By Lisa Flueckiger, Contributing Reporter
RIO DE JANEIRO, BRAZIL – The Federal Supreme Court (STF) voted on the possible revision of up to twelve of its sentences in the mensalão vote-buying case. The judgment ended in a five to five tie, leaving the final decision up to Justice Celso de Mello, dean of the court, who will only cast his vote next Wednesday, September 18th.
Justice Marco Aurélio was the last to cast his vote whether to allow or not an “appeals of the appeals,” which would result in a retrial for the mensalão verdicts that received at least four votes of absolution in their original judgment in 2012. Aurélio voted against the retrial, turning five in favor, four against into a tie.
Among those that voted against the revocation of the verdicts was also Chief Justice Joaquim Barbosa, a key figure in the mensalão trials.
Justice Marco Aurélio explained his decision against the appeals. According to Agência Brasil, voting to accept the new appeals would cause legal uncertainty and would paramount to “changing the rules in the middle of the game.”
The decision in favor or against the “embargo infrigente” – known in legal lingo as a motion to reverse a decision filed by a number of those convicted in the mensalão trial – mainly centered around the question if a law from 1990, which does not mention the possibility of an appeal, overrules the older internal rules of the court.
The rules of the country’s highest court allow for appeals in decisions where at least four Justices gave those condemned a favorable vote. If the court decides in favor of a possible retrial, defense lawyers have fifteen days after publication of the judgment to appeal and a new Justice will be appointed to lead the new trial.
Among those that can have their judgments retried and could see their sentences reversed, are some of the most famous mensalão convicts, such as former President Lula Chief of Staff José Dirceu, operator of the scandal Marcos Valério, former PT President José Genoino and PT Treasurer Delúbio Soares.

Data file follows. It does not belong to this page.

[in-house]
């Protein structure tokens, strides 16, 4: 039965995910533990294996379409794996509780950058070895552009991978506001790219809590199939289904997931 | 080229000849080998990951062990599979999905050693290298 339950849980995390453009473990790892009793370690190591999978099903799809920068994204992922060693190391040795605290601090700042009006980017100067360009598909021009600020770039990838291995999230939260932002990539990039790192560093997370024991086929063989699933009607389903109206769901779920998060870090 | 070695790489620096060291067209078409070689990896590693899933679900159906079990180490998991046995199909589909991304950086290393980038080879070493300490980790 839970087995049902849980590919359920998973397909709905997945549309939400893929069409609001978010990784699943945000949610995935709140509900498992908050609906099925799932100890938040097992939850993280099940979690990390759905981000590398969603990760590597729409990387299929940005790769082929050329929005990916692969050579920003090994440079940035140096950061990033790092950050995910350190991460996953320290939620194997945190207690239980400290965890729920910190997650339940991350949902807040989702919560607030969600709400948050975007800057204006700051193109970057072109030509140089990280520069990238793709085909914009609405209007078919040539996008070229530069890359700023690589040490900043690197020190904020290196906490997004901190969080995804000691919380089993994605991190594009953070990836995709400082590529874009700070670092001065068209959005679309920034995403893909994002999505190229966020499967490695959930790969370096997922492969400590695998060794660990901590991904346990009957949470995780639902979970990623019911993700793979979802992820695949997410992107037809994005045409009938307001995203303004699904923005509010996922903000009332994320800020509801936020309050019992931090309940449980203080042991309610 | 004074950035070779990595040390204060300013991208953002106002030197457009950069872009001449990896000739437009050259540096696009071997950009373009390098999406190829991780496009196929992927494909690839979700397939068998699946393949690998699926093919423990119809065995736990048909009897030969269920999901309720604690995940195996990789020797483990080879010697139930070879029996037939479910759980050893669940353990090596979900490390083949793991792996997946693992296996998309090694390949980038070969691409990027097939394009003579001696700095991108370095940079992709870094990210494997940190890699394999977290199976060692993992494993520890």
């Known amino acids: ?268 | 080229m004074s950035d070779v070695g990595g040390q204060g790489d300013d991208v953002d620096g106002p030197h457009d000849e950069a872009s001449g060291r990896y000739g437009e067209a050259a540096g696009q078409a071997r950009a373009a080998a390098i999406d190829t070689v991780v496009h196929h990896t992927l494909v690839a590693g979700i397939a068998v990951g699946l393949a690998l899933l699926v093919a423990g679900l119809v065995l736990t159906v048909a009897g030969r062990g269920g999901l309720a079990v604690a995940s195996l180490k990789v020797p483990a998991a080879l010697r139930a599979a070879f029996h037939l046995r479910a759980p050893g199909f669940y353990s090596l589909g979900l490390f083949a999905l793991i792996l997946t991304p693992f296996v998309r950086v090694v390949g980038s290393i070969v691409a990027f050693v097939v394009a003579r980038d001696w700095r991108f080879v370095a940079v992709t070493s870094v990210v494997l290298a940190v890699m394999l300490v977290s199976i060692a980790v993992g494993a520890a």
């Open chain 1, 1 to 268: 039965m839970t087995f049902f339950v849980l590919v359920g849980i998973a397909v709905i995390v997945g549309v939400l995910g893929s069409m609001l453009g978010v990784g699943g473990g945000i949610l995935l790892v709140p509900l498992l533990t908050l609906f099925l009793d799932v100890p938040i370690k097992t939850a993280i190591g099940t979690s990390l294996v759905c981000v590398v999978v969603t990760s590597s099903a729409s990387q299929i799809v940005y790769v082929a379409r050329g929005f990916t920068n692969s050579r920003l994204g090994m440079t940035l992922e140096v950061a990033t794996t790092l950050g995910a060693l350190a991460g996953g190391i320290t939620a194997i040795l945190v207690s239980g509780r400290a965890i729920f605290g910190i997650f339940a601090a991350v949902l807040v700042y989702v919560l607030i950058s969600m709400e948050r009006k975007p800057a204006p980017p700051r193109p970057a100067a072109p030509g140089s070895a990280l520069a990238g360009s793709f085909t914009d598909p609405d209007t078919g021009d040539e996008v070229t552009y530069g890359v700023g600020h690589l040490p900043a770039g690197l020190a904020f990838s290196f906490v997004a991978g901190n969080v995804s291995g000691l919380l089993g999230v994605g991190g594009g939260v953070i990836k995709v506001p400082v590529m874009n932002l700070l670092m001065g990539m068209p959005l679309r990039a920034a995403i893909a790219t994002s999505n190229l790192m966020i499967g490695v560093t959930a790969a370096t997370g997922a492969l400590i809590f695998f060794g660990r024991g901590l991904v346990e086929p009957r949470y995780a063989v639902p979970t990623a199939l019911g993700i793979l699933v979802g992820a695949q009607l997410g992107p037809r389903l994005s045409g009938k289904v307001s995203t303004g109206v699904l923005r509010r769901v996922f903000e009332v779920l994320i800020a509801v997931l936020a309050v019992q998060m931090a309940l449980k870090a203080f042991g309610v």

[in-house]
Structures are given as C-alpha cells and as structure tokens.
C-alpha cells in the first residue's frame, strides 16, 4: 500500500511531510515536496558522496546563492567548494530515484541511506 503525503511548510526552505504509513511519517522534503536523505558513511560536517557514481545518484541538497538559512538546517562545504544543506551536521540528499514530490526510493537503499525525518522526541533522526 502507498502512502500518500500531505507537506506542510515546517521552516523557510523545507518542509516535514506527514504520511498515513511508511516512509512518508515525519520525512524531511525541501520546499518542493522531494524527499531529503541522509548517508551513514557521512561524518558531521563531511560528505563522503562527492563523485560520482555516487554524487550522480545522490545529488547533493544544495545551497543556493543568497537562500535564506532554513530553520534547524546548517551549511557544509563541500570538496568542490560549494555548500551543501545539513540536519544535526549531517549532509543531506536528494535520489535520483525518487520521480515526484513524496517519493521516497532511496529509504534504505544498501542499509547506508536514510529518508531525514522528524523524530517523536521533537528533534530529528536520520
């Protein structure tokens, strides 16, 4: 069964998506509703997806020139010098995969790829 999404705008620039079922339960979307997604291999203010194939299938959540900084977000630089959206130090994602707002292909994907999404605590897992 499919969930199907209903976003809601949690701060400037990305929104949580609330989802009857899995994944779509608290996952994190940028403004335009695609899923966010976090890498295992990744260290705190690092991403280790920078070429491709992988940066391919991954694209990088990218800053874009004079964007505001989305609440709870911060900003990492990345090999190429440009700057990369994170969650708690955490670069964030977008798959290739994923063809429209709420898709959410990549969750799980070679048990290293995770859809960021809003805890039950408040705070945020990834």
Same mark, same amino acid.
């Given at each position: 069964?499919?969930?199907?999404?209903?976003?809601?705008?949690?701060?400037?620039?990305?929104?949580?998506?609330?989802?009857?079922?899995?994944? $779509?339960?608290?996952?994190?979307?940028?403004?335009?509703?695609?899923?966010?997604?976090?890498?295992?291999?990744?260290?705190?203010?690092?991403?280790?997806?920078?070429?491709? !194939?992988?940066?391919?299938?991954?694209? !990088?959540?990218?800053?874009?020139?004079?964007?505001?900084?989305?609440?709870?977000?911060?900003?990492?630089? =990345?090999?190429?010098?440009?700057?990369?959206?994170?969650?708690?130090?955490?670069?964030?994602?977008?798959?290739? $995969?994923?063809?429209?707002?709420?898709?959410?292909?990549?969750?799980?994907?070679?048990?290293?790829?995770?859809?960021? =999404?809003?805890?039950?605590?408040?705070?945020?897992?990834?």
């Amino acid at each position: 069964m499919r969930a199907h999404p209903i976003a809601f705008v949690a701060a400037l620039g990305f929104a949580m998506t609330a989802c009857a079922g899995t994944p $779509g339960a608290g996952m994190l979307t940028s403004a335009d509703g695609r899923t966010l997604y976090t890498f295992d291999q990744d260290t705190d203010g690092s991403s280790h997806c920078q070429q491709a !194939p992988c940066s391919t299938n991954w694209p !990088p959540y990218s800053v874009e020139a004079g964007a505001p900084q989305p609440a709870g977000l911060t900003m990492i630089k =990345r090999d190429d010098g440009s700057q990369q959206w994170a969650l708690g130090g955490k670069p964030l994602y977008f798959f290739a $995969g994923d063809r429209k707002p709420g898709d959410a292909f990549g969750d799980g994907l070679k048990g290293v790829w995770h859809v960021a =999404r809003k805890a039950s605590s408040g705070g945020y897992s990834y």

Dirceu, for one, can appeal his conviction in the case of conspiracy and if successful, his sentence could be reduced by almost three years and its regime changed from closed to half-open. However, he cannot appeal against his conviction in the case of corruption.
Some penalties, if reduced to less than two years in an appeal, would also surpass time limitations. “[Surpassing] time limitations is a possibility because, if the penalty is up to two years, the limitation period is four years. Thus, if the penalties for conspiracy were reduced, they would have surpassed the limitations even if the defendants were not acquitted,” Pierpaolo Bottini, penal law professor at USP, explained in O Globo.
Outside the court in Brasília the voting was accompanied by demonstrators, who protested against the revocation of the judgments.
Last week, three of 25 sentences were already changed on terms of length and kind of prison terms.
The mensalão scandal revealed a voting for money scheme within the Workers’ Party and was brought to light in 2007. After a long deliberation, the STF gave its final verdict at the end of 2012. Of the 37 accused, 25 were judged guilty and received penalties up to forty years in prison. However, all of them have yet to start serving time in prison.
Read more (in Portuguese).
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